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I'm under impression that a flash (both a built-in unit and an external speedlight) uses some kind of very high power lamp which may have limited durability. So it may be that a typical camera will last much longer than its flash if the flash is used often.

How reasonable is this assumption? Do flashes wear out? Is a typical flash as durable as a typical camera?

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    \$\begingroup\$ I started to answer this, but the question really is just too vague to be meaningful. Yes, flash tubes and other flash-related components do wear out. But since the question includes built-in flashes and external flashes, gives no indication of what's meant by typical camera or typical flash, and uses imprecise terms like often and durable, it's really impossible to say something useful without adding lots of qualifications. Could you edit your question to be more specific? \$\endgroup\$
    – Caleb
    Jan 15, 2018 at 15:28
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    \$\begingroup\$ How durable is a typical automobile? I guess it all depends on whether you consider a Yugo or a Mercedes-Benz the "typical" automobile, doesn't it? \$\endgroup\$
    – Michael C
    Jan 15, 2018 at 16:13
  • \$\begingroup\$ @MichaelClark Yeap, but it's quite easy to answer a "car vs tires" question under some reasonable assumptions. \$\endgroup\$
    – sharptooth
    Jan 16, 2018 at 10:45
  • \$\begingroup\$ @Caleb I'd be happy to be more specific but it's hardly possible IMO. Would you prefer a "model X camera vs model Y flash" question? That would be "too specific". \$\endgroup\$
    – sharptooth
    Jan 16, 2018 at 10:46
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    \$\begingroup\$ @sharptooth The point is, there's probably more variation from one flash tube/bulb maker to the next than there is from one automobile maker to the next. In most countries there are minimum standards auto makers must meet. \$\endgroup\$
    – Michael C
    Jan 16, 2018 at 13:29

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As others have already noted, the flash tube has a limited (albeit very long) life.

Especially if you only use flash occasionally, that may not be the limiting factor though. At least in a typical flash design, you have a fairly large capacitor. The battery charges the capacitor, then the capacitor discharges through the flash tube to provide a large amount of power in a very short time.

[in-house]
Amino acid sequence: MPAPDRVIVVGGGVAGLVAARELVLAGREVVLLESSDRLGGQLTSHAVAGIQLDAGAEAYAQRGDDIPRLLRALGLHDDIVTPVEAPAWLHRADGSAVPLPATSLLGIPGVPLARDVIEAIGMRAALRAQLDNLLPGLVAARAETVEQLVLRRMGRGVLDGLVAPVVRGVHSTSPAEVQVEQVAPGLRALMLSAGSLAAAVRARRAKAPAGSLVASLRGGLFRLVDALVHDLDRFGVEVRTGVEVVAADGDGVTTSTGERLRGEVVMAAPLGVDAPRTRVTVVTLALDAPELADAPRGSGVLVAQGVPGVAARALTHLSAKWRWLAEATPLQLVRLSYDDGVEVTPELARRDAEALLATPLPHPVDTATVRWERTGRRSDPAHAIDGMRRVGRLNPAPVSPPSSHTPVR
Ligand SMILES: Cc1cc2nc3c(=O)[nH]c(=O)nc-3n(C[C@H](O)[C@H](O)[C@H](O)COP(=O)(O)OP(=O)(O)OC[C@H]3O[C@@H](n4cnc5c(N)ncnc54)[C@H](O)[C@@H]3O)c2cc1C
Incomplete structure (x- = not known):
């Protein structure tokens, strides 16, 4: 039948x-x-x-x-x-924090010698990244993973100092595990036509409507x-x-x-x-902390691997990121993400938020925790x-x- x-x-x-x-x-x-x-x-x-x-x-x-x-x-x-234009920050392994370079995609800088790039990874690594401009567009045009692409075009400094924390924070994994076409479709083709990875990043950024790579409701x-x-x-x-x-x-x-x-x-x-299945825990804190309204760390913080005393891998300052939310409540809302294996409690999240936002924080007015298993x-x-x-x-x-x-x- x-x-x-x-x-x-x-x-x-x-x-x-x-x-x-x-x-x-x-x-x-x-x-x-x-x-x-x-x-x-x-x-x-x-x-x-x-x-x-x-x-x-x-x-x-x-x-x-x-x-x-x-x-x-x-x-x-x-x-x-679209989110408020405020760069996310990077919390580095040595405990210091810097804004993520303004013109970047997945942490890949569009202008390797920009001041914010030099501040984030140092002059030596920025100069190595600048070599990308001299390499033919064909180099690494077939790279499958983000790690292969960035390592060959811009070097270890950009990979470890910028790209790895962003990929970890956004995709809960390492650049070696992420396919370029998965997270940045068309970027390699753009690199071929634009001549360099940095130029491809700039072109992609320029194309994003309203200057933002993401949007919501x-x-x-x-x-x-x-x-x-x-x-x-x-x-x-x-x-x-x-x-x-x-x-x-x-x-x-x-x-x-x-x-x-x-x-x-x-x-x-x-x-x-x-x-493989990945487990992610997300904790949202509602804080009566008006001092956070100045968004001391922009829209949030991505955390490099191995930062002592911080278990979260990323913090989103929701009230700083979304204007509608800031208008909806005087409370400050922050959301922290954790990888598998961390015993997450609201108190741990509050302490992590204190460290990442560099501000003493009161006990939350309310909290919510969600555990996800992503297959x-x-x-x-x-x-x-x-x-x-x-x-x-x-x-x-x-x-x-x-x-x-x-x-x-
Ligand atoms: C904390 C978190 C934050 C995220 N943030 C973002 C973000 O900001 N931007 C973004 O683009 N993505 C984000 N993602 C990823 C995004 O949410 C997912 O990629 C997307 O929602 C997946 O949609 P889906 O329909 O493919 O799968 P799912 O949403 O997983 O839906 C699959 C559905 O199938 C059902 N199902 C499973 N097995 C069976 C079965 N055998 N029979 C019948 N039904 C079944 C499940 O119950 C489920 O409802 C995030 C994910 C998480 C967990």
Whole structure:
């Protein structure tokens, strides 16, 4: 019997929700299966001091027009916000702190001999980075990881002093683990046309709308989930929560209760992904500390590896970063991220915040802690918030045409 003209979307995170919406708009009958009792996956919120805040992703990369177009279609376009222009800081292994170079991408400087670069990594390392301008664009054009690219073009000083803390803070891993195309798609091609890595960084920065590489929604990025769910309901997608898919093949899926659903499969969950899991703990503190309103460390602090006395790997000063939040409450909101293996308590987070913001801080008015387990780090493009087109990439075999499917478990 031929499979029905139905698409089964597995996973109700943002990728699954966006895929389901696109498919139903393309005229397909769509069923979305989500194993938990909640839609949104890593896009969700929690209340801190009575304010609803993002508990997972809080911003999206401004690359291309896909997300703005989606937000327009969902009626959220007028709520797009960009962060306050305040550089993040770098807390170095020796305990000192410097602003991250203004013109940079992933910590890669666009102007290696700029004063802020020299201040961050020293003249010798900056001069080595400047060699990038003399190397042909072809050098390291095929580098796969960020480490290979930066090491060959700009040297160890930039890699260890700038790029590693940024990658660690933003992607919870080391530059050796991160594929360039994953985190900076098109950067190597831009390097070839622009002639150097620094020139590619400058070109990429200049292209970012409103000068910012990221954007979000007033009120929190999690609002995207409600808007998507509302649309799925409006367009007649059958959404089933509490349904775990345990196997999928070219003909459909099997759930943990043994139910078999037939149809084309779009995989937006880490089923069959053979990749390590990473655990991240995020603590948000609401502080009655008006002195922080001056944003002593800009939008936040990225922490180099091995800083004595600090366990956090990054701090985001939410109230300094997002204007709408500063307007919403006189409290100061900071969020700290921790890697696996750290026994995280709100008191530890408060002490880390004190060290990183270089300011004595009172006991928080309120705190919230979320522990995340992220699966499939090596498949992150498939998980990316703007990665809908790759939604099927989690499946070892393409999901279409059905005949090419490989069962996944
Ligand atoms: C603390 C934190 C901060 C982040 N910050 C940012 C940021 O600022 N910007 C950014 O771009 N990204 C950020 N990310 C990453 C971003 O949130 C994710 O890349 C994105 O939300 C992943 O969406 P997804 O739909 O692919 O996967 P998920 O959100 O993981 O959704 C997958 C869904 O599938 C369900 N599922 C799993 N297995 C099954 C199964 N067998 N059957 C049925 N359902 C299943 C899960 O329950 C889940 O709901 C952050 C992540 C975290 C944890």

That's typically going to be what's called an "electrolytic capacitor". An electrolytic capacitor contains some slightly moist pasty...stuff (sorry, for the technical terminology). Although it'll normally have a plastic seal, over several year's time, the moisture in the capacitor can/will slowly evaporate, and as it does, the capacitor can't do its job as well any more. Eventually, it will need to be replaced, or the flash won't have the capacity it once did (and after long enough, may cease to work at all).

So, wearing out the flash bulb is more likely to happen to somebody like a professional who's using the flash many times a day, virtually every day. For a typical amateur who may easily go for weeks or months between using the flash, the capacitor is more likely to be the weak point.

All that said, I have my doubts about a flash having limit on its life span that's really meaningful to most people under most circumstances. Just for example, I still have a Vivitar 283 that I bought around 1988 or so. Although I don't have exact numbers (sorry, but good as Velvia and Kodachrome were, they didn't record EXIF info) I'd hazard a guess that it's been shot at least 10,000 times. I bought it used, and around July I'll have had it for 30 years. I suppose its maximum power might be slightly below spec, but it still seems to work just fine.

As for being as durable as a camera: the Maxxum 9000 I shot when I bought that flash still works fine, but is basically obsolete. So is the Maxxum 9 that replaced it, and the Minolta 7D that replaced that. I suppose you could argue about whether the Alpha 700 that replaced that is truly obsolete, but it's definitely getting pretty old, and the Alpha 900 that replaced that is too.

Bottom line: for most practical purposes, the flash has already outlived at least 4 cameras, and might easily outlive at least one more.

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A good flash tube has a life of around 5000 shots. Cheaper flash's tubes are rated at 1000 shots. http://strobist.blogspot.nl/2013/02/will-your-flash-last-forever.html

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    \$\begingroup\$ I don't think "around 5000 shots" is a good summary of that article, which explains that in practice (and especially when shooting at less than full power) most flashes have a life much longer than that. \$\endgroup\$
    – mattdm
    Jan 15, 2018 at 16:21
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    \$\begingroup\$ Page 14 of the Paul Buff Alienbees user manual says their flashtube life is "well over 100,000 flashes", and "typically provides over 250,000 flashes". Flash tubes do change color somewhat with use though, and Nikon suggests service every couple of years. \$\endgroup\$
    – WayneF
    Jan 15, 2018 at 17:15

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